Sturm, Ruger & Co. (RGR:US), the largest publicly traded U.S. gun maker, climbed to its highest price since at least 1985 on a “solid” outlook for 2014 after new models drove a 45 percent jump in third-quarter sales.
More new products will be introduced next year under the company’s “core business strategy,” with “potential for good solid growth in 2014,” Chief Executive Officer Michael Fifer told analysts today on a conference call.
Quarterly revenue surged to $170.9 million, the Southport, Connecticut-based company said in its earnings report yesterday. That beat the $136 million estimate of Andrea James, an analyst at Dougherty & Co. in Minneapolis, who rates the shares neutral.
Sturm Ruger has benefited from the national gun-control debate, as enthusiasts stocked up ahead of potentially tighter laws. Even though the federal gun-control push has faded and the stockpiling frenzy has calmed down, lobbying in the coming midterm election year will keep interest “on the front burners,” said Brian Rafn, director of research at Milwaukee-based Morgan Dempsey Capital Management LLC, a 25-year shareholder of Sturm Ruger.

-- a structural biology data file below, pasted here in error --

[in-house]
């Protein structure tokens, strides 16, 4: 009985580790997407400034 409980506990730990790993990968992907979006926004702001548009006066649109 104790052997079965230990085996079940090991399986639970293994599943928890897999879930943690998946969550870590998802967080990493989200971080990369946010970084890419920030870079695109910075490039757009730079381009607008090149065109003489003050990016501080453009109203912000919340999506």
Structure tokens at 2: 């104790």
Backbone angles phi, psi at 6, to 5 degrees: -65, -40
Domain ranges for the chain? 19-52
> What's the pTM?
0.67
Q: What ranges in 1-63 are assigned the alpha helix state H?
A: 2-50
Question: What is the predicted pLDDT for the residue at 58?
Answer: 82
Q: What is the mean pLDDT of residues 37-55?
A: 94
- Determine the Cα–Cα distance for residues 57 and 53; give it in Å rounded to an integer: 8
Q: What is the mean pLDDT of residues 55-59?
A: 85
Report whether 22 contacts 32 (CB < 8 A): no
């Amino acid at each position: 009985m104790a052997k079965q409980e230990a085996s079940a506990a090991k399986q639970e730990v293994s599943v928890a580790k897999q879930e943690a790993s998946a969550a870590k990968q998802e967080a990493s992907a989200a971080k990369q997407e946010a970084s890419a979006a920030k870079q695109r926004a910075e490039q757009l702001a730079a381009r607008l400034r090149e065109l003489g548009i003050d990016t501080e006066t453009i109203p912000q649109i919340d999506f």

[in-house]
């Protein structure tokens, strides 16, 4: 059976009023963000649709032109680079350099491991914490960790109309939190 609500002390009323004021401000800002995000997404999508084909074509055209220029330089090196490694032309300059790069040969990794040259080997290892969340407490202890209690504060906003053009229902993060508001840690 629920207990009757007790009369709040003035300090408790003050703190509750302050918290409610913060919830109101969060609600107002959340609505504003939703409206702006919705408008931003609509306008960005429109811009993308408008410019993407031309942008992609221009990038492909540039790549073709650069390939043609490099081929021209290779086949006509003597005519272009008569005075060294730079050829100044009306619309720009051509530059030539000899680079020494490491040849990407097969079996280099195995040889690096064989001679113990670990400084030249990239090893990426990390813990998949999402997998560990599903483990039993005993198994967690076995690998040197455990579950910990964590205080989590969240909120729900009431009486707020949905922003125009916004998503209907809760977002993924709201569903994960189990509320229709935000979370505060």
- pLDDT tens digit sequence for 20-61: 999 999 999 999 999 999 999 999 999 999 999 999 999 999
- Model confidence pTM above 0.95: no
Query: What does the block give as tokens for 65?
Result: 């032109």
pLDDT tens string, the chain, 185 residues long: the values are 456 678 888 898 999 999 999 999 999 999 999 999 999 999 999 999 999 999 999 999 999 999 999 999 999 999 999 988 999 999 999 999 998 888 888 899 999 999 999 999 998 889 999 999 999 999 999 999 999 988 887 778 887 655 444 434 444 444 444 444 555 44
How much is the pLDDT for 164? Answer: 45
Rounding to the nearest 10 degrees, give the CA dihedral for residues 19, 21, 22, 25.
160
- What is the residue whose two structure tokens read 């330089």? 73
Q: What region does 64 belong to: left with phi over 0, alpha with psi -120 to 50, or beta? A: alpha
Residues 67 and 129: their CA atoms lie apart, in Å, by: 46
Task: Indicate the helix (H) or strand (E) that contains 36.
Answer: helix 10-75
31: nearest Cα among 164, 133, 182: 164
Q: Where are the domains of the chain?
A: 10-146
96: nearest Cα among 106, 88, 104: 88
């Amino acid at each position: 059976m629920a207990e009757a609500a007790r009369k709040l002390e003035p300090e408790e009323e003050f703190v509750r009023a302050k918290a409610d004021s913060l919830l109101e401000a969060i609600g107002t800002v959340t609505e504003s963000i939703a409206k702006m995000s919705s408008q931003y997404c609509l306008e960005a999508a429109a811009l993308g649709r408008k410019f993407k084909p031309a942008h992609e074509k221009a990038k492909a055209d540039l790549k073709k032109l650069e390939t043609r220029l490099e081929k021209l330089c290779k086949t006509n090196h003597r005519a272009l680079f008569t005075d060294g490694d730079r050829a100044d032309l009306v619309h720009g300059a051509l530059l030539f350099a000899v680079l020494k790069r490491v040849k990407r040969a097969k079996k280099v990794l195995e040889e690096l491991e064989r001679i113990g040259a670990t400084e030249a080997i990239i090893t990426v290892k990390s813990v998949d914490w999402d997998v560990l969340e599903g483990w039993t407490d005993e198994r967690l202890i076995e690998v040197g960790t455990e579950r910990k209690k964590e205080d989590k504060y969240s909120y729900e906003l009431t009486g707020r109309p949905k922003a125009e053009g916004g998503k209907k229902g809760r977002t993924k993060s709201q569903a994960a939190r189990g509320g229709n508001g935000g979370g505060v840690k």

The stock (RGR:US) rose 3.4 percent to $73.45 in New York, after reversing a decline earlier in the day. That was the highest closing price since Sept. 18, 1985, according to data compiled by Bloomberg. The shares have gained 56 percent this year, as the Standard & Poor’s 600 Smallcap Index advanced 33 percent.
Sturm Ruger is focused on producing a mix of models to reduce the risk of less demand in a single type of firearm, Fifer said.
The company cited increased demand for its new products, including the LC380 pistol, the SR45 pistol and the Ruger American Rimfire rifle. New products represented 32 percent of firearm sales in the first nine months, and its models outpaced the industry in demand growth, Sturm Ruger said yesterday.
New additions to the ranks of gun owners helped drive up demand, Fifer said on the call. Ruger staff members “working the counters” in retail stores have observed a high number of customers buying their first firearm in the past year, he said.
“If they can keep new-product sales above 30 percent,” Sturm Ruger will be able “to counter the overall market shrinking,” Rafn said.
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